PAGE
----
We have all become more aware of the dangers of influenza this year, but why is it so dangerous? Julia Gog explains that the unusual structure of the influenza genome can lead to dangerous evolutionary jumps, and how mathematics is helping to understand how the virus replicates.
Making sure that vaccination works
Some preliminary results on the swine flu pandemic
How do we know how many people have got it?
Plus starts a new project on health and medicine
How does it spread?
The travels of bank notes give important clues to epidemiologists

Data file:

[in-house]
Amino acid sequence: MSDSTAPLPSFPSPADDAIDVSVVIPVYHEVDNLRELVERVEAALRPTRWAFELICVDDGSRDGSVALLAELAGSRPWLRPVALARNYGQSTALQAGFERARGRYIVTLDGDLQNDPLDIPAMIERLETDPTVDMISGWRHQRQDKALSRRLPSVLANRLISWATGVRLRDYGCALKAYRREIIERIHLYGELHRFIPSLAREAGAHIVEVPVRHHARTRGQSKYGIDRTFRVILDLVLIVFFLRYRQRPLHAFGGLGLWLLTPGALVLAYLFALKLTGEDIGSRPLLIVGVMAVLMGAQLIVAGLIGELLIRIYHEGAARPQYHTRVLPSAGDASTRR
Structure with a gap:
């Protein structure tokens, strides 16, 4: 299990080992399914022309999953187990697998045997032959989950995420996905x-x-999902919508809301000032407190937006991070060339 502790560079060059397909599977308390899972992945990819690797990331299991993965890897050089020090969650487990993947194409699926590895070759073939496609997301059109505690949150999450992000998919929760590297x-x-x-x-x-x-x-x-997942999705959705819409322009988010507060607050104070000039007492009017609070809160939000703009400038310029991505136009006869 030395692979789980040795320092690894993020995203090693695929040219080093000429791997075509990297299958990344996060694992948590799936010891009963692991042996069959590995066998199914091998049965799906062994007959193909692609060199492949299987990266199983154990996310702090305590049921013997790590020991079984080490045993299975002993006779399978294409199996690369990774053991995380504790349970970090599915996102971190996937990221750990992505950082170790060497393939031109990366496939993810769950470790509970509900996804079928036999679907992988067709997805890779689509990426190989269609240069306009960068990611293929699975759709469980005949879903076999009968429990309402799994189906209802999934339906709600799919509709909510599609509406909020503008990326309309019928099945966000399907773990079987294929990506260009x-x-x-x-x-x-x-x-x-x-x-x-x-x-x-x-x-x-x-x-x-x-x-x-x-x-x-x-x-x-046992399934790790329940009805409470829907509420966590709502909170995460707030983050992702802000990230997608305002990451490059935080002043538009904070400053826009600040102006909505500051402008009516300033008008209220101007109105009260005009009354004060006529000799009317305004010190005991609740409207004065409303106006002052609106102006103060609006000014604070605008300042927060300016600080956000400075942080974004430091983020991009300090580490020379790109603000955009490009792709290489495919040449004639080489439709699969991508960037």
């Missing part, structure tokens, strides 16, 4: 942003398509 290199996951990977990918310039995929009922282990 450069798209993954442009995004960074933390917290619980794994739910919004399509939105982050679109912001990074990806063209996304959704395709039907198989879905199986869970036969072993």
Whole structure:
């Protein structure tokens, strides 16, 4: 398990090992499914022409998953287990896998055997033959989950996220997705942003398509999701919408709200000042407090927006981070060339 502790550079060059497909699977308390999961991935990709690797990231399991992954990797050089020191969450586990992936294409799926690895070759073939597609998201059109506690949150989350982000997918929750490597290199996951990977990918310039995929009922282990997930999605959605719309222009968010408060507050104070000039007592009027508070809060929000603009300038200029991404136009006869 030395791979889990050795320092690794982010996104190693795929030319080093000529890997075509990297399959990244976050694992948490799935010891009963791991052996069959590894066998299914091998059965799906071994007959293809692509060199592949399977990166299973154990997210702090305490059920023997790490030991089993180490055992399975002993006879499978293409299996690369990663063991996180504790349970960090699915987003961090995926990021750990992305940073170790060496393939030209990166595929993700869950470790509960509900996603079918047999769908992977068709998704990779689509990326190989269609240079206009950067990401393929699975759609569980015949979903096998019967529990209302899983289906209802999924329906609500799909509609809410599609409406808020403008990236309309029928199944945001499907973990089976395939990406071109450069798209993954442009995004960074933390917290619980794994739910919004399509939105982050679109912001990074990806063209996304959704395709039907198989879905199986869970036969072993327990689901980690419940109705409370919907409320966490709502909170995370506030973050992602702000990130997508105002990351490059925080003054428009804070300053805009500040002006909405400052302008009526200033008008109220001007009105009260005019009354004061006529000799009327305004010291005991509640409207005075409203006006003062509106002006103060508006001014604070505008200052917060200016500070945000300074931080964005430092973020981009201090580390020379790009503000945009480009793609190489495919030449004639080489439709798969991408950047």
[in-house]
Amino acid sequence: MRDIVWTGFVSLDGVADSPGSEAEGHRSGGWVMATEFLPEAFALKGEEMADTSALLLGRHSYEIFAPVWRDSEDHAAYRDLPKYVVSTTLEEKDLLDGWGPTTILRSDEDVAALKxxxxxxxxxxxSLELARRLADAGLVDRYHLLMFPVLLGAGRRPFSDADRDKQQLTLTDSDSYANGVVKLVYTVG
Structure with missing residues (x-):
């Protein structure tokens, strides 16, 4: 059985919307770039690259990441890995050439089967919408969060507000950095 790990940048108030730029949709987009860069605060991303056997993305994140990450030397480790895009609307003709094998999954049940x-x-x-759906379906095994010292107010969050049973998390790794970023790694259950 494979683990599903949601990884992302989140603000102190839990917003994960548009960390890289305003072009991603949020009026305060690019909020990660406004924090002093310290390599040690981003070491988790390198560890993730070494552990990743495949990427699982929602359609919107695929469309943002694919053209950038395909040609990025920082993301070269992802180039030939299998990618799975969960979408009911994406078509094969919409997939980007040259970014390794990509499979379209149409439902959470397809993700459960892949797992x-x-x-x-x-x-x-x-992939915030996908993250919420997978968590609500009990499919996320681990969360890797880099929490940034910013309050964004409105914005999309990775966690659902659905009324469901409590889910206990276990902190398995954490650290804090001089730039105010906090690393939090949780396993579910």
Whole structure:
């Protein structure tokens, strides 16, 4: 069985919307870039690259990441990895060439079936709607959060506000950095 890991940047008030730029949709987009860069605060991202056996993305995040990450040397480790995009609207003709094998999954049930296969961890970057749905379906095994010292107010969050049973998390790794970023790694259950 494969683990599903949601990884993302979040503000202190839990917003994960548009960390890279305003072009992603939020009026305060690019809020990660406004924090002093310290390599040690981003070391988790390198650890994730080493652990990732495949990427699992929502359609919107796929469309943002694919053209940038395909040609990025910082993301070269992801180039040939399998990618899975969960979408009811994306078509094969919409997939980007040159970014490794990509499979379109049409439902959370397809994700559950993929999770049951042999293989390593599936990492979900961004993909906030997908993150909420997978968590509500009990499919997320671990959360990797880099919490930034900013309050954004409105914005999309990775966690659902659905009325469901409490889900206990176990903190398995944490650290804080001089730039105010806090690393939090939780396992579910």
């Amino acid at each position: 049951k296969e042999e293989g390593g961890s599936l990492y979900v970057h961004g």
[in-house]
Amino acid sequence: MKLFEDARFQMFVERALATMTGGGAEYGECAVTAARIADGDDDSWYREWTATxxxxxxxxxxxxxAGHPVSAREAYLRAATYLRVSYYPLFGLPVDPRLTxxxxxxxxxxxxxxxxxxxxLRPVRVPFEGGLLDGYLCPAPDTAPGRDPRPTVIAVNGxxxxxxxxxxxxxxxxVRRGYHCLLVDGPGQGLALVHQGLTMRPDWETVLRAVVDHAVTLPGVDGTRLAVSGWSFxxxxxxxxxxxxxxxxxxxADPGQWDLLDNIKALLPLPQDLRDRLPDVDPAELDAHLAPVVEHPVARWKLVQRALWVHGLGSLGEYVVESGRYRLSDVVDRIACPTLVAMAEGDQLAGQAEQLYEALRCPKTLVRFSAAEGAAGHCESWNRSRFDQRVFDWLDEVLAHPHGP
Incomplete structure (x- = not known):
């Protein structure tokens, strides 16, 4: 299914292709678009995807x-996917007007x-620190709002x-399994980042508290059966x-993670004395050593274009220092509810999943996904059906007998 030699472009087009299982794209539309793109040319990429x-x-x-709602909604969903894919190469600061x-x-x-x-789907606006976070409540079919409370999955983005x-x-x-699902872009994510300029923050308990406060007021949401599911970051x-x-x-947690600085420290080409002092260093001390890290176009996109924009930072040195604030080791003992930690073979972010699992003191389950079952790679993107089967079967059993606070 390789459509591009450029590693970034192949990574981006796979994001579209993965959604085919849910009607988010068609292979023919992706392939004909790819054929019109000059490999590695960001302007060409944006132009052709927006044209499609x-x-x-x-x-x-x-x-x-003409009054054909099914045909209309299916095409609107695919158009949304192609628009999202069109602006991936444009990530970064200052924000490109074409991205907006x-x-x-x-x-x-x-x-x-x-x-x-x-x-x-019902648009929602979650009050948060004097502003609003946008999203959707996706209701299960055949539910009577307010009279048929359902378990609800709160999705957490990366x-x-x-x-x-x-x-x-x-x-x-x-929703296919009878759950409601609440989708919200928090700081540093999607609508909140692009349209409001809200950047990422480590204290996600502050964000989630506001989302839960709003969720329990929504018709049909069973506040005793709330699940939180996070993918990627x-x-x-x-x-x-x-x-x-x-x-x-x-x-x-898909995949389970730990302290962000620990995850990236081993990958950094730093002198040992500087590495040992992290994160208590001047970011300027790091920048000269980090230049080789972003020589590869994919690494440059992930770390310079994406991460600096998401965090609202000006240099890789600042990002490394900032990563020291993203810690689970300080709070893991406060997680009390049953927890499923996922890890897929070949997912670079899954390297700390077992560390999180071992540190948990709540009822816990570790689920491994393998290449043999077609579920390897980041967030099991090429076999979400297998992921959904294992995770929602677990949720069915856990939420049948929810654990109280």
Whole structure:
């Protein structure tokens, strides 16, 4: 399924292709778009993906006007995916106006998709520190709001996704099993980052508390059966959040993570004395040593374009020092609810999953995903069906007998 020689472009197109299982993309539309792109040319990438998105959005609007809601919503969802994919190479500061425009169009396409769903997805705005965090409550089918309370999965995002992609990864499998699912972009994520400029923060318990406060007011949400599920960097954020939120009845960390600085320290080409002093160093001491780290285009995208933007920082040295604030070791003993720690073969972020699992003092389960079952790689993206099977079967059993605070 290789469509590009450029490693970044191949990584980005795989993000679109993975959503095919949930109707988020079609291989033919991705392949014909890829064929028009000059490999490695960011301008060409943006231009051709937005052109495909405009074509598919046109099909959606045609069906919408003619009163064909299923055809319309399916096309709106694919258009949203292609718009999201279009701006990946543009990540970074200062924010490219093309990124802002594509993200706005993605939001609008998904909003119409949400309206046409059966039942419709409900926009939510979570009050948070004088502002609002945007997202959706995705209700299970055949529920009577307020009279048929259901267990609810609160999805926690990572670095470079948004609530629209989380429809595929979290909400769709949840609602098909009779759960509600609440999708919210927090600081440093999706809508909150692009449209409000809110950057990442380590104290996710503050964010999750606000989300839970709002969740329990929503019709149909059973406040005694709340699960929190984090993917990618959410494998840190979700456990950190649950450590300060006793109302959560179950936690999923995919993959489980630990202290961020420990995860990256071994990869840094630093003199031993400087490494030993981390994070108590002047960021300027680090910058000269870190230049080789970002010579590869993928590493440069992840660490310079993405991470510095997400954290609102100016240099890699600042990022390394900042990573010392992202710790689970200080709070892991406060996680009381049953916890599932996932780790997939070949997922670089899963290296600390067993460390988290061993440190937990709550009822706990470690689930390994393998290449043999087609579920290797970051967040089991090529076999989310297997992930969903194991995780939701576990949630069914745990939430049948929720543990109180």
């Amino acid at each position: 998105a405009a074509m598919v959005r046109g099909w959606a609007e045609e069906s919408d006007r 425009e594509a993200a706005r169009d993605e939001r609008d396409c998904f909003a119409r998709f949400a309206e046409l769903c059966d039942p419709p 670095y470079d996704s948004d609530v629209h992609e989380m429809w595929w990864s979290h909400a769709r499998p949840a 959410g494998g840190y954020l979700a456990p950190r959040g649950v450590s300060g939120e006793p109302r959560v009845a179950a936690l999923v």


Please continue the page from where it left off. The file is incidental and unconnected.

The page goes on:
Researchers have used mathematical modelling to understand the evolution of the influenza virus.
To study a system, mathematicians begin by identifying its most crucial elements, and try to describe them in simple mathematical terms. As Phil Wilson tells us, this simplification is the essence of mathematical modelling.
Can mathematics help defend against another attack?